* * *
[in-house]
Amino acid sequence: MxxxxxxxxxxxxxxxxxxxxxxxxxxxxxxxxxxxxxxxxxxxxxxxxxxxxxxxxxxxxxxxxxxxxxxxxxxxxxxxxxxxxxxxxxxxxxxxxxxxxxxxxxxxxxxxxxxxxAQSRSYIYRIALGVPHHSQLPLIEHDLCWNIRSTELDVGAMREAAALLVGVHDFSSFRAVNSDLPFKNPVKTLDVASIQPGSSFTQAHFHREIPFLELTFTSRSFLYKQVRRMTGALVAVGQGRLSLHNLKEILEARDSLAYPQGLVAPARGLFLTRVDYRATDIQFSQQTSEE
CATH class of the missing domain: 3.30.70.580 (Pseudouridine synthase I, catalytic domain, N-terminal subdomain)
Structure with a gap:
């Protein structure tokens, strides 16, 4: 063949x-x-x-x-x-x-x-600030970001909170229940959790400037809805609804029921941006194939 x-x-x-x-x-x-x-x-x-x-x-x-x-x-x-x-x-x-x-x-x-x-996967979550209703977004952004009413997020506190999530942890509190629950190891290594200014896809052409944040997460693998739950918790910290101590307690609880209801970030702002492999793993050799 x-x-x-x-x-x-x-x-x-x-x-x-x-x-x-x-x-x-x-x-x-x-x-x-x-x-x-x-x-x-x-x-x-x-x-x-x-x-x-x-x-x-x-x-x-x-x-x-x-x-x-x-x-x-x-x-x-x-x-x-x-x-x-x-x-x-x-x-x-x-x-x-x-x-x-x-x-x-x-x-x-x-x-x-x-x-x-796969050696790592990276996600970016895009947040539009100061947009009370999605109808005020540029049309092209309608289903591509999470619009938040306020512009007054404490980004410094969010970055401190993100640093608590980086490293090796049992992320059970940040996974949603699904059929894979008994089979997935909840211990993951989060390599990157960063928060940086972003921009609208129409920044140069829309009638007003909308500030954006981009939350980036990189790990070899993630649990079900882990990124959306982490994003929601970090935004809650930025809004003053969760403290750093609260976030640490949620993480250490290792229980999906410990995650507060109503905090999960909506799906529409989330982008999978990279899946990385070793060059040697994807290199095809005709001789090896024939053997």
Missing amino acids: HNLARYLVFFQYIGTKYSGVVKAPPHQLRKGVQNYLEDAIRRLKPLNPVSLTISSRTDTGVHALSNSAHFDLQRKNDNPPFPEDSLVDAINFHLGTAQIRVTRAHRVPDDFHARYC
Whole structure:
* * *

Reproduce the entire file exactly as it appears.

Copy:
[in-house]
Amino acid sequence: MxxxxxxxxxxxxxxxxxxxxxxxxxxxxxxxxxxxxxxxxxxxxxxxxxxxxxxxxxxxxxxxxxxxxxxxxxxxxxxxxxxxxxxxxxxxxxxxxxxxxxxxxxxxxxxxxxxxxAQSRSYIYRIALGVPHHSQLPLIEHDLCWNIRSTELDVGAMREAAALLVGVHDFSSFRAVNSDLPFKNPVKTLDVASIQPGSSFTQAHFHREIPFLELTFTSRSFLYKQVRRMTGALVAVGQGRLSLHNLKEILEARDSLAYPQGLVAPARGLFLTRVDYRATDIQFSQQTSEE
CATH class of the missing domain: 3.30.70.580 (Pseudouridine synthase I, catalytic domain, N-terminal subdomain)
Structure with a gap:
């Protein structure tokens, strides 16, 4: 063949x-x-x-x-x-x-x-600030970001909170229940959790400037809805609804029921941006194939 x-x-x-x-x-x-x-x-x-x-x-x-x-x-x-x-x-x-x-x-x-x-996967979550209703977004952004009413997020506190999530942890509190629950190891290594200014896809052409944040997460693998739950918790910290101590307690609880209801970030702002492999793993050799 x-x-x-x-x-x-x-x-x-x-x-x-x-x-x-x-x-x-x-x-x-x-x-x-x-x-x-x-x-x-x-x-x-x-x-x-x-x-x-x-x-x-x-x-x-x-x-x-x-x-x-x-x-x-x-x-x-x-x-x-x-x-x-x-x-x-x-x-x-x-x-x-x-x-x-x-x-x-x-x-x-x-x-x-x-x-x-796969050696790592990276996600970016895009947040539009100061947009009370999605109808005020540029049309092209309608289903591509999470619009938040306020512009007054404490980004410094969010970055401190993100640093608590980086490293090796049992992320059970940040996974949603699904059929894979008994089979997935909840211990993951989060390599990157960063928060940086972003921009609208129409920044140069829309009638007003909308500030954006981009939350980036990189790990070899993630649990079900882990990124959306982490994003929601970090935004809650930025809004003053969760403290750093609260976030640490949620993480250490290792229980999906410990995650507060109503905090999960909506799906529409989330982008999978990279899946990385070793060059040697994807290199095809005709001789090896024939053997």
Missing amino acids: HNLARYLVFFQYIGTKYSGVVKAPPHQLRKGVQNYLEDAIRRLKPLNPVSLTISSRTDTGVHALSNSAHFDLQRKNDNPPFPEDSLVDAINFHLGTAQIRVTRAHRVPDDFHARYC
Whole structure: